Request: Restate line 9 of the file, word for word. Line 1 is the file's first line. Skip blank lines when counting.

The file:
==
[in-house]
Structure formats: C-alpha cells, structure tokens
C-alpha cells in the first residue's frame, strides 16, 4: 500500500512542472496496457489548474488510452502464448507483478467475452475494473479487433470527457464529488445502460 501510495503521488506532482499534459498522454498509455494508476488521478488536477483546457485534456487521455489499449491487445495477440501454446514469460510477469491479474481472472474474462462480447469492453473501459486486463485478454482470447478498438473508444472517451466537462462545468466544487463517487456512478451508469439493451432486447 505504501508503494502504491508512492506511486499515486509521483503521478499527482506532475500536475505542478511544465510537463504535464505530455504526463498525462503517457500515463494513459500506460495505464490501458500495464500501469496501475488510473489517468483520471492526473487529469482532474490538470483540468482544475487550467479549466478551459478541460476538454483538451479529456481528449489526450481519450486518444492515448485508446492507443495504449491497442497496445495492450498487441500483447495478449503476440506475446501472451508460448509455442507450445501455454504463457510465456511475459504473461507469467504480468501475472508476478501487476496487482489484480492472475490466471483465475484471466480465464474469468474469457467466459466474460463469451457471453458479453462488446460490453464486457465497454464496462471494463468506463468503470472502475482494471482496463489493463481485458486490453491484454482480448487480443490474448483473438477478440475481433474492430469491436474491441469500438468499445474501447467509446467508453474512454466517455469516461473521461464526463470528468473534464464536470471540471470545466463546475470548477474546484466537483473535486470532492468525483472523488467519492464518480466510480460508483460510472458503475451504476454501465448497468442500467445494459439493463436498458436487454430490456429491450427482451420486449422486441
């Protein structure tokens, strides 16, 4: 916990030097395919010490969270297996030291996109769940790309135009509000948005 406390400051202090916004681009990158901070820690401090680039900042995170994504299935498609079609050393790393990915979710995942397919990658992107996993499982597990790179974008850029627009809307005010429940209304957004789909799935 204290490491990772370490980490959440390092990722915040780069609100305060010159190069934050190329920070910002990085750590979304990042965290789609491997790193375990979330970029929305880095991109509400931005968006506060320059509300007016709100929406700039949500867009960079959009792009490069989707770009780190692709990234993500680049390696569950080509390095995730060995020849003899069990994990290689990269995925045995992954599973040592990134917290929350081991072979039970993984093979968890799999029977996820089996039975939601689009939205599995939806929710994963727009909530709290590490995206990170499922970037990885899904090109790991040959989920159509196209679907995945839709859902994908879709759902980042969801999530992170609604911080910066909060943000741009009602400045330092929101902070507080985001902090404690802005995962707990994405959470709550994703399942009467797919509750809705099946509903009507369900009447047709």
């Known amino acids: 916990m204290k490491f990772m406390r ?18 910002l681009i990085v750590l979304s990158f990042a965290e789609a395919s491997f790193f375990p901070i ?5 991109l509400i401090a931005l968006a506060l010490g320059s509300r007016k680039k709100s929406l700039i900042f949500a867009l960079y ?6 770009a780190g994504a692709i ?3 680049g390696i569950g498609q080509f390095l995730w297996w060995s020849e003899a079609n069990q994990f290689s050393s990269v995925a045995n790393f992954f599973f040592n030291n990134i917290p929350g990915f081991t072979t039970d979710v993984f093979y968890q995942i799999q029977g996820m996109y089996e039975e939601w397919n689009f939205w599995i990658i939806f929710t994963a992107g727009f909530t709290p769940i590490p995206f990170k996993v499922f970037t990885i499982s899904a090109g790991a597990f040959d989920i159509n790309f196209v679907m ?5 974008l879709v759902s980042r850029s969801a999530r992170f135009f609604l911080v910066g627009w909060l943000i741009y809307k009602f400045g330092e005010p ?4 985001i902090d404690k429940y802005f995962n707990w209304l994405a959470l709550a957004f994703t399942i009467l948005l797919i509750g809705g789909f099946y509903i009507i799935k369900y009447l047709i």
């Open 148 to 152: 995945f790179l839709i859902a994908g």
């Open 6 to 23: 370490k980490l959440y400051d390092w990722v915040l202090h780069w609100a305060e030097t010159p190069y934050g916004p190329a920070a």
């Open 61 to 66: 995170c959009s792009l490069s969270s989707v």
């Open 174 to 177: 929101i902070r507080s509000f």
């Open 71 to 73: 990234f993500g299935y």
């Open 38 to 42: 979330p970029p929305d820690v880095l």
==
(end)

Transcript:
């Open 174 to 177: 929101i902070r507080s509000f």